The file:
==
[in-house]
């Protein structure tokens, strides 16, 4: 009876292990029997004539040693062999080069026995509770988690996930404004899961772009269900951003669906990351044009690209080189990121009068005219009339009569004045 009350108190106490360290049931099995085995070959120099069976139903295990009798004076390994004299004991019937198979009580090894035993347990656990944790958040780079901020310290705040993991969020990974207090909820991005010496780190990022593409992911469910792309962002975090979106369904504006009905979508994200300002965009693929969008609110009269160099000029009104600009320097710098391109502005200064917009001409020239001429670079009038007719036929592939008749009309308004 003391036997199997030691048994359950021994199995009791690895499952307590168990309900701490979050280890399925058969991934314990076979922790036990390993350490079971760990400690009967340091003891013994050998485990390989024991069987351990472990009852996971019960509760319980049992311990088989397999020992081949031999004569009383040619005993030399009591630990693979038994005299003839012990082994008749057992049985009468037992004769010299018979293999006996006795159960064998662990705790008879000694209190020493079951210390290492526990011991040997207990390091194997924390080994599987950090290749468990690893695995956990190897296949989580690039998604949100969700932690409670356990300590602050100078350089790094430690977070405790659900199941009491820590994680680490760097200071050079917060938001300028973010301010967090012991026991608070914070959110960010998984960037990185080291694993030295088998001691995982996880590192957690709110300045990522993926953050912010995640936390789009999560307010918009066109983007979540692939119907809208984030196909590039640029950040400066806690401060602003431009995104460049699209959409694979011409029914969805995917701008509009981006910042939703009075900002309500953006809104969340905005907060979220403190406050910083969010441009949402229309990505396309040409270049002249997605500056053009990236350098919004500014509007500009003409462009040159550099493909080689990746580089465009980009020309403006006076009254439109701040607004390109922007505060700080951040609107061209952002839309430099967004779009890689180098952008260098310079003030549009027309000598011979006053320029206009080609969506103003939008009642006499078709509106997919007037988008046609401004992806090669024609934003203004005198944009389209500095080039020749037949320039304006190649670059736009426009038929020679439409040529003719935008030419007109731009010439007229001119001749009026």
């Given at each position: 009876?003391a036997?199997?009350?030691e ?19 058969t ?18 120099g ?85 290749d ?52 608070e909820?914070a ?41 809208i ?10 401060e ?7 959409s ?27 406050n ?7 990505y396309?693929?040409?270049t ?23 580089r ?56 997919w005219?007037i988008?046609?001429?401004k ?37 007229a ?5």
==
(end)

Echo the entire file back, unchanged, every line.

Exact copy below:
[in-house]
């Protein structure tokens, strides 16, 4: 009876292990029997004539040693062999080069026995509770988690996930404004899961772009269900951003669906990351044009690209080189990121009068005219009339009569004045 009350108190106490360290049931099995085995070959120099069976139903295990009798004076390994004299004991019937198979009580090894035993347990656990944790958040780079901020310290705040993991969020990974207090909820991005010496780190990022593409992911469910792309962002975090979106369904504006009905979508994200300002965009693929969008609110009269160099000029009104600009320097710098391109502005200064917009001409020239001429670079009038007719036929592939008749009309308004 003391036997199997030691048994359950021994199995009791690895499952307590168990309900701490979050280890399925058969991934314990076979922790036990390993350490079971760990400690009967340091003891013994050998485990390989024991069987351990472990009852996971019960509760319980049992311990088989397999020992081949031999004569009383040619005993030399009591630990693979038994005299003839012990082994008749057992049985009468037992004769010299018979293999006996006795159960064998662990705790008879000694209190020493079951210390290492526990011991040997207990390091194997924390080994599987950090290749468990690893695995956990190897296949989580690039998604949100969700932690409670356990300590602050100078350089790094430690977070405790659900199941009491820590994680680490760097200071050079917060938001300028973010301010967090012991026991608070914070959110960010998984960037990185080291694993030295088998001691995982996880590192957690709110300045990522993926953050912010995640936390789009999560307010918009066109983007979540692939119907809208984030196909590039640029950040400066806690401060602003431009995104460049699209959409694979011409029914969805995917701008509009981006910042939703009075900002309500953006809104969340905005907060979220403190406050910083969010441009949402229309990505396309040409270049002249997605500056053009990236350098919004500014509007500009003409462009040159550099493909080689990746580089465009980009020309403006006076009254439109701040607004390109922007505060700080951040609107061209952002839309430099967004779009890689180098952008260098310079003030549009027309000598011979006053320029206009080609969506103003939008009642006499078709509106997919007037988008046609401004992806090669024609934003203004005198944009389209500095080039020749037949320039304006190649670059736009426009038929020679439409040529003719935008030419007109731009010439007229001119001749009026």
């Given at each position: 009876?003391a036997?199997?009350?030691e ?19 058969t ?18 120099g ?85 290749d ?52 608070e909820?914070a ?41 809208i ?10 401060e ?7 959409s ?27 406050n ?7 990505y396309?693929?040409?270049t ?23 580089r ?56 997919w005219?007037i988008?046609?001429?401004k ?37 007229a ?5």